15% Of Vehicles Bought By Kerala Police In 2013-18 Violated Rules
Ernakulam police car

15% Of Vehicles Bought By Kerala Police In 2013-18 Violated Rules

The vehicles were purchased violating Modernisation of Police Forces (MOPF) scheme guidelines, says CAG

Around 15% of vehicles purchased by Kerala police between 2013 and 18 were either cars or luxury vehicles, violating Modernisation of Police Forces (MOPF) scheme guidelines, says CAG.

“Forty-one out of 269 Light Motor Vehicles were either cars or luxury vehicles such as Toyota Innova Crysta, Maruti Ciaz, Maruti Ertiga, Swift Dzire, etc,” the CAG Audit report reveals.

The MOPF scheme guidelines only allow procurement of vehicles like jeeps, motorcycles, and medium/heavy vehicles for deployment at the police stations and outposts. The procurement of cars is not admissible under the scheme.

The MOPF scheme was launched in 1969-70 by the Indian government to make the state police more efficient and effective using the latest equipment, resources, and technology.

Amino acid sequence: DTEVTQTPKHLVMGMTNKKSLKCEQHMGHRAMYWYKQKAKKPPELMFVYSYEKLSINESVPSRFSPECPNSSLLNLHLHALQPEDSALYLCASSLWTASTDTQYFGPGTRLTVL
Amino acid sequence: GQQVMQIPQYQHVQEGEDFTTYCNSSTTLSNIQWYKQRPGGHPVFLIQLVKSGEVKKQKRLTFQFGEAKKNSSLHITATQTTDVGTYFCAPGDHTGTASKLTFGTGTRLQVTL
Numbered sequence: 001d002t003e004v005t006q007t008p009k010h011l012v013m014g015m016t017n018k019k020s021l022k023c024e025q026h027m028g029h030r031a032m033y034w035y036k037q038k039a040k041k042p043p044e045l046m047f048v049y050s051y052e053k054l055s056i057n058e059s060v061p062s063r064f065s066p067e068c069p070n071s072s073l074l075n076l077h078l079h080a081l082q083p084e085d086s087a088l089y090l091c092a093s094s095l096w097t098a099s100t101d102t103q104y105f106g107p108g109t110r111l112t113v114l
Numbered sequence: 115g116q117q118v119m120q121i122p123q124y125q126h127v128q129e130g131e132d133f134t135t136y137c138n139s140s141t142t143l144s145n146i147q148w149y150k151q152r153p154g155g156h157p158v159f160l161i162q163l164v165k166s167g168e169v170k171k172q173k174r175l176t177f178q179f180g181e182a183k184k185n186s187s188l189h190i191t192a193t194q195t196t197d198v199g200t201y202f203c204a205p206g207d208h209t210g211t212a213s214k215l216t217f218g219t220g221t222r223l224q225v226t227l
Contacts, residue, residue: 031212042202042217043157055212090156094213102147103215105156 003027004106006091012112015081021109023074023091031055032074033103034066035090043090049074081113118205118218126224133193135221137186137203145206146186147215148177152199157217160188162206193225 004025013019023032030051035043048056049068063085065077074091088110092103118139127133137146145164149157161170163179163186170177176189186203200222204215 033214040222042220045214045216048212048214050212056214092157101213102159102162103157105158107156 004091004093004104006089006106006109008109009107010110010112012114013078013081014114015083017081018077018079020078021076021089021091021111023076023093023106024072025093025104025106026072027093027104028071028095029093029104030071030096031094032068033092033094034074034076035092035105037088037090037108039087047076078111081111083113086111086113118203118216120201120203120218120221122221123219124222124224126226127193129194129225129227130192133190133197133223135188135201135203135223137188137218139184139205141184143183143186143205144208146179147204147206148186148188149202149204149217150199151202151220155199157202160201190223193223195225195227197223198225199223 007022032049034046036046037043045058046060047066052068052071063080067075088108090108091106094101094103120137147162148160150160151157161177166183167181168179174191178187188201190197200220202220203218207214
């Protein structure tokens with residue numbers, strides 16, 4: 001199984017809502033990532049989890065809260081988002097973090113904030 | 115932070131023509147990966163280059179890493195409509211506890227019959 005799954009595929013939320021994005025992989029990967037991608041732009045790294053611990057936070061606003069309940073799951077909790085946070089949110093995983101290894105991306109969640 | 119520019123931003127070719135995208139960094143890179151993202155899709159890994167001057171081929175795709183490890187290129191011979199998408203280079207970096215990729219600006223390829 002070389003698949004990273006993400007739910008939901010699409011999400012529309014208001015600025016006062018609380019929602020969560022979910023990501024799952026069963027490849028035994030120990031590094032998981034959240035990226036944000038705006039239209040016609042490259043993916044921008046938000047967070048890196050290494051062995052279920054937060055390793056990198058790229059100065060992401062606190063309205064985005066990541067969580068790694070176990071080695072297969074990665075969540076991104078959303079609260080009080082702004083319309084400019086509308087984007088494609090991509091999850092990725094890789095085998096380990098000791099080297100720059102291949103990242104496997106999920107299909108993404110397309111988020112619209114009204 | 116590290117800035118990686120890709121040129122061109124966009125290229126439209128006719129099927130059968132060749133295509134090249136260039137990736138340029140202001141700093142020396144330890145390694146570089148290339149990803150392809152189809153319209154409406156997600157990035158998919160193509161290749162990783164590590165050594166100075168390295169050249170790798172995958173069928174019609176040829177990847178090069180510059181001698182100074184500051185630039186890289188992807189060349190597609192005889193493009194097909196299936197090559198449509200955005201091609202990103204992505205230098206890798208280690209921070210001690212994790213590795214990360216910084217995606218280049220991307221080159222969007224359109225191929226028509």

It was envisaged to reduce the dependence of the state on the army and central paramilitary forces to meet the challenges to internal security and the law and order situation.

“The Audit observes that instead of procuring 41 luxury vehicles, the police department could have procured at least 46 Bolero’s at the same price,” the CAG report says.

Altogether there were 3748 LMVs with the Police Department as on 01 January 2018, of which 790 were deployed in police stations, against the requirement of 1042, thus, indicating a shortfall of 24%.

And the Audit noticed that 64 of the 269 LMVs, 24% procured during the period 2013-18 were procured for the use of non-operational units and high-level officers in violation of the MOPF scheme guidelines.

The Audit also observed that while eight of the 64 vehicles were allotted to the vehicle pool at Police headquarters or high-level officers, 19 vehicles were allotted to non-operational units like Crime Branch Criminal Investigation Department (CBCID) and 25 vehicles like Bolero SLE 2WD and Tata Sumo Gold were transferred to vigilance department, which is not covered under the scope of the MOPF scheme.